7. Regarding the ax given by Mormont to Craster - does it help to consider the ax Asha Greyjoy calls for Rolfe to throw to her at the feast at Pyke? She calls the ax her husband and the dirk (knife) her sweet suckling babe. Craster is killed by a guy named Dirk. (If the gifted ax is also Craster's "lord husband," maybe his murder by Dirk represents the revenge of his many sons - Craster is killed by a "sweet, suckling babe". Of course, Tywin will also be killed by his youngest son. Does Shae represent Gilly?) The gate to Craster's Keep unites the ram and the bear: On the southwest, he found an open gate flanked by a pair of animal skulls on high poles: a bear to one side, a ram to the other. (ACoK, Jon III) It's almost like a shared coat of arms. Are Mormont and Craster two parts of a whole that needed to be reunited? Is there a symbolic marriage when Mormont gives Craster the ax? If so, is there a comparable symbolic "wedding" for Tywin? I don't think we are supposed to compare Mormont to Joanna Lannister, but there are some odd weapon / wedding gift references in connection with Tywin: Robert makes Ser Ilyn the King's Justice as a wedding gift for Tywin; Gerion Lannister gave Robert a dagger as a wedding gift (and Tywin recommends that Tyrion go get it). Of course, Tywin also gives Joffrey a sword as a wedding gift. Speaking of Ser Ilyn, Craster tells a story about cutting the tongue out of a messenger sent by Mance. I believe the tongue is still nailed to the wall in Craster's keep. In that detail, Craster is more like Aerys, I suppose, and Mance more like Tywin. Maybe marriage is the wrong analogy for the bond between Craster and Mormont. Maybe they are linked by the gifted ax the way that Tywin is linked to Robert when Cersei marries Robert. Arya gives an ax to Jaqen that allows him to escape Yoren's caged wagon during the attack by Amory Lorch. You could say that Arya and Jaqen bond at that point, as Jaqen tells her that she can choose three deaths to offer to the gods. Or maybe the bond occurs when he gives her a weapon - the iron coin. Ramsay Snow and Theon / Reek develop a strange bond when Ramsay tortures Theon - not exactly the same thing as giving Theon a weapon, although that will happen, too, when he sends Theon to persuade the Ironmen to surrender at Deepwood Motte. A tie to this basket of symbols might be the finger dance that is underway when Asha calls for Rolfe to throw her the ax - Ramsay plays his own version of the finger dance with Theon. Jon Snow gives obsidian weapons to his close friends in the Night's Watch. We hear about his distribution of weapons through a Sam POV while Grenn uses an ax to split wood. We know that some historic Lord Stark awarded Bear Island to the Mormont family. Were the Mormonts also displaced from somewhere, as were the Casterlys and the Manderlys? When Mormont joins the Night's Watch, he leaves behind a large family of women - his sister and nieces. Is this comparable to Craster's sister wives, left behind at his compound after he is murdered?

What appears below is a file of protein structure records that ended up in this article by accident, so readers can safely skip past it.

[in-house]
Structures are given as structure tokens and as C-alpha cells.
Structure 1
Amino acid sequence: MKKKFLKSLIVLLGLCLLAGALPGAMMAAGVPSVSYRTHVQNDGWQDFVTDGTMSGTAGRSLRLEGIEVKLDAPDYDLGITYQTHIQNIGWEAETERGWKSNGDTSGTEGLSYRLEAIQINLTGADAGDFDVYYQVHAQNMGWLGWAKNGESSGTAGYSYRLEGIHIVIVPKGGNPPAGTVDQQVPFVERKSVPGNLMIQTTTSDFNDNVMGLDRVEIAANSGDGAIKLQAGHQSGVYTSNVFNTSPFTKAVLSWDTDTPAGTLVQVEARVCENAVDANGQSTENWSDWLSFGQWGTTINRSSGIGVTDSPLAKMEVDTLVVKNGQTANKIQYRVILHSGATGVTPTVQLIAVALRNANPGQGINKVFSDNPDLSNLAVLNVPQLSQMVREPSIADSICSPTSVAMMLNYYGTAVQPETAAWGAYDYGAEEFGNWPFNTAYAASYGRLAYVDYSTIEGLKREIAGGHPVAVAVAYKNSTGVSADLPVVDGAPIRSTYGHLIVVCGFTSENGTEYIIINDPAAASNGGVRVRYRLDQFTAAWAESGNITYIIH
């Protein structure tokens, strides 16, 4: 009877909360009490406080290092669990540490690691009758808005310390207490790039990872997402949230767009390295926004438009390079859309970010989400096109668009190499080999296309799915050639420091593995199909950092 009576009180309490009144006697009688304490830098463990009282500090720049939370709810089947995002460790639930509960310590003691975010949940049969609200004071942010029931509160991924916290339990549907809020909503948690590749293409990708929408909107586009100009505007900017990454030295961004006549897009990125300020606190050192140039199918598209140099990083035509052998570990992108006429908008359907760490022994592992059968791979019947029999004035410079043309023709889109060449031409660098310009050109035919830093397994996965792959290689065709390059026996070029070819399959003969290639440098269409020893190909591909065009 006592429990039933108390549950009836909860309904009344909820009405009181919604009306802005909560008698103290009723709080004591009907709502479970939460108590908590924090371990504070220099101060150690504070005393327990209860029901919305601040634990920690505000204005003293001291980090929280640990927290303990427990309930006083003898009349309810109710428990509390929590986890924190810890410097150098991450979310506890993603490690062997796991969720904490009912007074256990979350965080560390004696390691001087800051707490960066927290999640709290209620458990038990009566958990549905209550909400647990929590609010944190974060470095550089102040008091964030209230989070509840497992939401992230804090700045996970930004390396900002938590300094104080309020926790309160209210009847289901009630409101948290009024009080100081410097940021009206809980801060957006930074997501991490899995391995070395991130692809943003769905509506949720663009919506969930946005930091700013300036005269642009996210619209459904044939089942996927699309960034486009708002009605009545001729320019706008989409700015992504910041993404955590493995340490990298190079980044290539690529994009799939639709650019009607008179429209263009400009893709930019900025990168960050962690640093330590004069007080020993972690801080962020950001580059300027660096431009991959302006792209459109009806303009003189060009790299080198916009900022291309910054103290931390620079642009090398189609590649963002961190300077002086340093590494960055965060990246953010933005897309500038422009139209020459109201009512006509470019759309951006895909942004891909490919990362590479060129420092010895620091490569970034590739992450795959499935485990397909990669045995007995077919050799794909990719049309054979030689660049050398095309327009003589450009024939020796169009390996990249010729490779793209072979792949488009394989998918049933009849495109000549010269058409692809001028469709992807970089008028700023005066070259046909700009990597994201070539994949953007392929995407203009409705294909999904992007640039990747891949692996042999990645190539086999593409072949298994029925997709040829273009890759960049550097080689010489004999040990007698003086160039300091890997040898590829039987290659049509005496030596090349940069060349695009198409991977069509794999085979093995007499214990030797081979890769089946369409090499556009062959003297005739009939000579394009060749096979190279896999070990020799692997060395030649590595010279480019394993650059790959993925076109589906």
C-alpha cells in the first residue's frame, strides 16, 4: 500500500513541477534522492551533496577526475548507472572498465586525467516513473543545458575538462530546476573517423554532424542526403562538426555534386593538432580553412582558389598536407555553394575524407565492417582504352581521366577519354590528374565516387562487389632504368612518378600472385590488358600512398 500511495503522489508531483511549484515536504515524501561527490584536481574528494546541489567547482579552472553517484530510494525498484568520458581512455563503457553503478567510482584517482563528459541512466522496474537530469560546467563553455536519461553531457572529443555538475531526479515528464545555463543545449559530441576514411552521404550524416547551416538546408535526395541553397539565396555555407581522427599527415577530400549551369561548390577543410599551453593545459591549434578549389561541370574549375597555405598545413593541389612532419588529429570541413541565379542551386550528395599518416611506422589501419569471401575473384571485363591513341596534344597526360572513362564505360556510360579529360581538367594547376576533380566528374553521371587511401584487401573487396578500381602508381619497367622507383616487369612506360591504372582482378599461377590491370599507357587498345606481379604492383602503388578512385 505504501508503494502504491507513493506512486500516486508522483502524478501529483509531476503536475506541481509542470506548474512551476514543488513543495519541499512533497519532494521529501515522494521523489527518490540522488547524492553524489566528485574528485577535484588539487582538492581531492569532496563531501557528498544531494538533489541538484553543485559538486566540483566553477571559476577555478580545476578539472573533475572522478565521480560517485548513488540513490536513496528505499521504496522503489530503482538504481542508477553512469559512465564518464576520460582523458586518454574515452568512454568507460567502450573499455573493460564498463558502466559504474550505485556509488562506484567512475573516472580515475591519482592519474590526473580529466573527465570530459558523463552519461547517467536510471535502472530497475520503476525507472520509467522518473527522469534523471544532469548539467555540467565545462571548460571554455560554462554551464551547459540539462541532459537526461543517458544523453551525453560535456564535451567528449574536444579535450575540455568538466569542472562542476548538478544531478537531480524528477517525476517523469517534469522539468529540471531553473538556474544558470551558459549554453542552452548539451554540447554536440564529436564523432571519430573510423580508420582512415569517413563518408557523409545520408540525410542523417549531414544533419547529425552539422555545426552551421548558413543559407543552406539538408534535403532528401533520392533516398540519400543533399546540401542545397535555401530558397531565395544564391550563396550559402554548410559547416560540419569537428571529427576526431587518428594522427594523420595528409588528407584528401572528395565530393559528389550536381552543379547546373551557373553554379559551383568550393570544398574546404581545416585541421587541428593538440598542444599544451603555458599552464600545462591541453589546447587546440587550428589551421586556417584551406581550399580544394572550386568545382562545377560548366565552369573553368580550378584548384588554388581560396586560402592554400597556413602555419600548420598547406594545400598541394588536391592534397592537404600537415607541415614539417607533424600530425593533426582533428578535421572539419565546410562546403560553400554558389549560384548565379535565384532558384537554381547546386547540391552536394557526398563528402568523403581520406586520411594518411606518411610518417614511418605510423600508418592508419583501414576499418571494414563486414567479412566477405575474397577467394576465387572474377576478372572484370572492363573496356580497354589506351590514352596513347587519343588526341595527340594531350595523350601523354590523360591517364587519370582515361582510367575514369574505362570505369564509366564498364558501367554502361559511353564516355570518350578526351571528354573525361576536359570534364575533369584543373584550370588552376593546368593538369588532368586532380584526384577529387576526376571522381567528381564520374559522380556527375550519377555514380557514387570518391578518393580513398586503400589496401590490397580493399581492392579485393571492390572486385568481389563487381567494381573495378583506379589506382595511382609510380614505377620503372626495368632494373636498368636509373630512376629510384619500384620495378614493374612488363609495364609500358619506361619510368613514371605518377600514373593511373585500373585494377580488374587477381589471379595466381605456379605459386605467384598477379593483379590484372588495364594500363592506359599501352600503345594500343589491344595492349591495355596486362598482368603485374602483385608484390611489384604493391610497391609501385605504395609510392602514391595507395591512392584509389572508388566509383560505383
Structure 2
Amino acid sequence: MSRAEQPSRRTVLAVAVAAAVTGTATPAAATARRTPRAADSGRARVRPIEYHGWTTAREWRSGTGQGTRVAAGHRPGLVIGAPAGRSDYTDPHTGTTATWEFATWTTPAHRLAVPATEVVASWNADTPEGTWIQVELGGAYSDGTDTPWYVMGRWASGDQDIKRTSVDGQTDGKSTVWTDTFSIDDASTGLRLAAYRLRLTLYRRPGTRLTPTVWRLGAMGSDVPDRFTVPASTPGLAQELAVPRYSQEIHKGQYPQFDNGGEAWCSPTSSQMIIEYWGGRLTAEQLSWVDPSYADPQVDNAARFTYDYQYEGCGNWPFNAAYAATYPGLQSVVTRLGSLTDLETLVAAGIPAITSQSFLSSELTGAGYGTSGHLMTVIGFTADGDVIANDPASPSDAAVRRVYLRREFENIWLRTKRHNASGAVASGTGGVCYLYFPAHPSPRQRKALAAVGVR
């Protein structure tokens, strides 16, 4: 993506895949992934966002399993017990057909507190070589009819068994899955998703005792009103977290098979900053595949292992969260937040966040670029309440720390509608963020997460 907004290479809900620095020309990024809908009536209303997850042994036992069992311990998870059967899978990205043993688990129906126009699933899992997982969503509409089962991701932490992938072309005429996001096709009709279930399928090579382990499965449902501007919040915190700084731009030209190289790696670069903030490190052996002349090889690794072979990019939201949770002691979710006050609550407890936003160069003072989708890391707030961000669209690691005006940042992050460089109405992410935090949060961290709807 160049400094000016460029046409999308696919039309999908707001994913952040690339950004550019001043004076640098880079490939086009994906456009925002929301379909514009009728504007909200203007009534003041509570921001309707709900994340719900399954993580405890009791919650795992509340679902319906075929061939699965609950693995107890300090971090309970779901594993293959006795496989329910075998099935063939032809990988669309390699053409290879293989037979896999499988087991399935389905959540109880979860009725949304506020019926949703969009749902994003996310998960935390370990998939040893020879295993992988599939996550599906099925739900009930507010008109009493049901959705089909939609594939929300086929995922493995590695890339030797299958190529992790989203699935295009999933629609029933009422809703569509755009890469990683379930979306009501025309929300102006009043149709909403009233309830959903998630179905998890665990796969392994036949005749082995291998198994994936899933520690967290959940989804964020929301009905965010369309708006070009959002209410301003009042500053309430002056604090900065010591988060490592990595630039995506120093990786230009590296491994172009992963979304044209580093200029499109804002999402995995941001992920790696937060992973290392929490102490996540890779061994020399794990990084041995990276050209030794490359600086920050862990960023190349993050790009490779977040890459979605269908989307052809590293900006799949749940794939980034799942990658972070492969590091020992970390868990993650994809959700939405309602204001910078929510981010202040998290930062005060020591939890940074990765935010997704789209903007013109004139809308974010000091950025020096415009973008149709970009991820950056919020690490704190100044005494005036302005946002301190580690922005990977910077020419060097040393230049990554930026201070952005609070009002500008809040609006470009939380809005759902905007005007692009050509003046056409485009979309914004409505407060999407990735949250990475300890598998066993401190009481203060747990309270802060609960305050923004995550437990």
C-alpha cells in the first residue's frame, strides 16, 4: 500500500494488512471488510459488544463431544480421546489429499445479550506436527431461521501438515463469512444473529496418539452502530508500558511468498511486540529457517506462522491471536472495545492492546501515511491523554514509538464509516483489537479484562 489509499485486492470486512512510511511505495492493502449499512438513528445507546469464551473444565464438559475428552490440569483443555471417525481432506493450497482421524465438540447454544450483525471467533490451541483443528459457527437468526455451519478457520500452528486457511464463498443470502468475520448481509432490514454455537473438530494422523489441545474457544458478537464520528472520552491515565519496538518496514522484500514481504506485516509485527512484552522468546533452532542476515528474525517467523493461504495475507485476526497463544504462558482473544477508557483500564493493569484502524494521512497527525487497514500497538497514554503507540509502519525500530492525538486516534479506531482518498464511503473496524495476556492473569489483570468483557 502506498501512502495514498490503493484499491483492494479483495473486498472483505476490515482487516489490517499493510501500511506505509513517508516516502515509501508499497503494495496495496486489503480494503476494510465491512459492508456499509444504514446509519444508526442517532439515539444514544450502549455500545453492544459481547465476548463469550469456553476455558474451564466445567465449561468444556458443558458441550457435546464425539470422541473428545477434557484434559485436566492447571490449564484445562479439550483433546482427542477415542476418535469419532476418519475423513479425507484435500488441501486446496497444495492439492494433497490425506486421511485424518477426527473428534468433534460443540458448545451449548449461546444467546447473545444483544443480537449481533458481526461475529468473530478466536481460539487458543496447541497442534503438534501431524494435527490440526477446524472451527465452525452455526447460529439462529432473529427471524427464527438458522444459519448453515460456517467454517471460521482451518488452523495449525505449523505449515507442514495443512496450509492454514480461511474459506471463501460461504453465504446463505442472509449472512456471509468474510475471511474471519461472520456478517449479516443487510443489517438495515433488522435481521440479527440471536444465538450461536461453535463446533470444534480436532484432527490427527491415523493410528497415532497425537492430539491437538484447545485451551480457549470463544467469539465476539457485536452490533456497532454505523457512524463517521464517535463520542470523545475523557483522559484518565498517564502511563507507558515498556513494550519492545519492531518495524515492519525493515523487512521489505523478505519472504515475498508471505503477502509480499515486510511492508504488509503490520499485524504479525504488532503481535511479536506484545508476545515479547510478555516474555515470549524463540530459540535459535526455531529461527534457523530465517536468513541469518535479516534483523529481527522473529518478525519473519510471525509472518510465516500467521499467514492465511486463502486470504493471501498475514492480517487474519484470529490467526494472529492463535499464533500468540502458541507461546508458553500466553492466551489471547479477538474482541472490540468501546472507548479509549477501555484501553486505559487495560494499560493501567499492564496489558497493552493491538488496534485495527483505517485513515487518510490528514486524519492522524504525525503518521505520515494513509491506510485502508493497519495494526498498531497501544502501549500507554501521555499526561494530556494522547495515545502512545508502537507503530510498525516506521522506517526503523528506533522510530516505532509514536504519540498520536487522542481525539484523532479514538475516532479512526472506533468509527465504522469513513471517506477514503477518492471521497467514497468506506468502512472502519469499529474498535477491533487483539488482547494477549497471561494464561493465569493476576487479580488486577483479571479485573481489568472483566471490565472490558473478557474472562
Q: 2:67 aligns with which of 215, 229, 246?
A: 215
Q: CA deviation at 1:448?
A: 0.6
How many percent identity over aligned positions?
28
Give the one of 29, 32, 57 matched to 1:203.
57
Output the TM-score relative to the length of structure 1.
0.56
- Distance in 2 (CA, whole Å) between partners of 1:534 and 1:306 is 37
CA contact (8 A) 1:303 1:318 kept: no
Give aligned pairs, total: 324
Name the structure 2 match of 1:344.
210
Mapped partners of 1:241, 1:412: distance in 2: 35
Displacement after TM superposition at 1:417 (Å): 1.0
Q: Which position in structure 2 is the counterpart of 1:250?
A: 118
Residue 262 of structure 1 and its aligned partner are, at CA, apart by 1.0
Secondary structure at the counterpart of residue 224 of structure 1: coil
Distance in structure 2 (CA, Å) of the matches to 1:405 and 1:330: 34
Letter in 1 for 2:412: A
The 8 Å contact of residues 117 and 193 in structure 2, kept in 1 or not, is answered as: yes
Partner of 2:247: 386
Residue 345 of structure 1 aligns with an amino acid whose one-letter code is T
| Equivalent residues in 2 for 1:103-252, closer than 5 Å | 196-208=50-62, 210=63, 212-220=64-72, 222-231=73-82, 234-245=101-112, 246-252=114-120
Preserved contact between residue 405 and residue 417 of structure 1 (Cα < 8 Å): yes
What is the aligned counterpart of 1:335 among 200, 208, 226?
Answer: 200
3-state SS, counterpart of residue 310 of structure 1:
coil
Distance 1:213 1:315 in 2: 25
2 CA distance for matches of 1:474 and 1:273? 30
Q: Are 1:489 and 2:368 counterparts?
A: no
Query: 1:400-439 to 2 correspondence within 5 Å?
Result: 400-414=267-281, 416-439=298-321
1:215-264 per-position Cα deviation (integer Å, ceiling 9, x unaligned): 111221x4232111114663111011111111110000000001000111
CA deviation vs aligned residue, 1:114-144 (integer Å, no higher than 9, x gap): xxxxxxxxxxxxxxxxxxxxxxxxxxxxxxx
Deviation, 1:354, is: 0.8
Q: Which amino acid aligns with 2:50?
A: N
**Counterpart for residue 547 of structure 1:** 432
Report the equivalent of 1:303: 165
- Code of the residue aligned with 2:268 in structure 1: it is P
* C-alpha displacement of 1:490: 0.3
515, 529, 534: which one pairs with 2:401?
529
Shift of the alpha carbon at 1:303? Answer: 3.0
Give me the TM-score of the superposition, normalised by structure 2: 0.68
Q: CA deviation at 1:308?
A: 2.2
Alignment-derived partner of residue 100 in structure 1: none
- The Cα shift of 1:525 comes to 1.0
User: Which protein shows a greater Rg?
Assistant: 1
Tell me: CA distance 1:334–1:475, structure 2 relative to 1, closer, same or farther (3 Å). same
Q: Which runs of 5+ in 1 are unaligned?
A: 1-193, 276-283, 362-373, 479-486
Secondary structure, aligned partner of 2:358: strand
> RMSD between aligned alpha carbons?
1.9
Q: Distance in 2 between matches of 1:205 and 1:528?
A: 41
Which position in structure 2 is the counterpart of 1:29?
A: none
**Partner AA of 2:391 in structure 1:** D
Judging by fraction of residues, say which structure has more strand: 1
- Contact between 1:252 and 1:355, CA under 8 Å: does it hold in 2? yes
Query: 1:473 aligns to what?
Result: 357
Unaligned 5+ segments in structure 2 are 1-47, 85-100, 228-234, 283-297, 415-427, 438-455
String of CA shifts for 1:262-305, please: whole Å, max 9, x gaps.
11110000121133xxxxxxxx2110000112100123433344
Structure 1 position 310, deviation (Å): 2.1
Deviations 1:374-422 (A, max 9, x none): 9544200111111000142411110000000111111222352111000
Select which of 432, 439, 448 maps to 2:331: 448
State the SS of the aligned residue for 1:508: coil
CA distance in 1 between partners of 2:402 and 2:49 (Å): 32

8. I've just been thinking about an interesting possibility for Roose's paternity: what if Rickard Stark claimed his First Night rights with Roose's mother? Roose would be a half-brother to Ned, Lyanna, Benjen and Brandon. I do think we are supposed to compare Jon Snow and Ramsay Snow in some ways: the two Snows. So maybe we are supposed to compare Ned and Roose, too. Ned has grey eyes; Roose has eyes like chips of dirty ice. Not too different, it seems to me. Roose's overarching ambition seems to be to install his line as Wardens of the North at Winterfell. Maybe this is payback for his biological father. If Roose is half-Stark, I think this opens an interesting possibility for Ramsay's paternity. Roose believes that Ramsay is his son because the miller's wife says so and because the kid had his eyes. If those eyes are a version of Stark eyes, however, Ramsay's father could be another man from the Stark lineage. I'm thinking Brandon Stark, who liked to deflower virgins and may have beaten Roose to the bed of the miller's wife.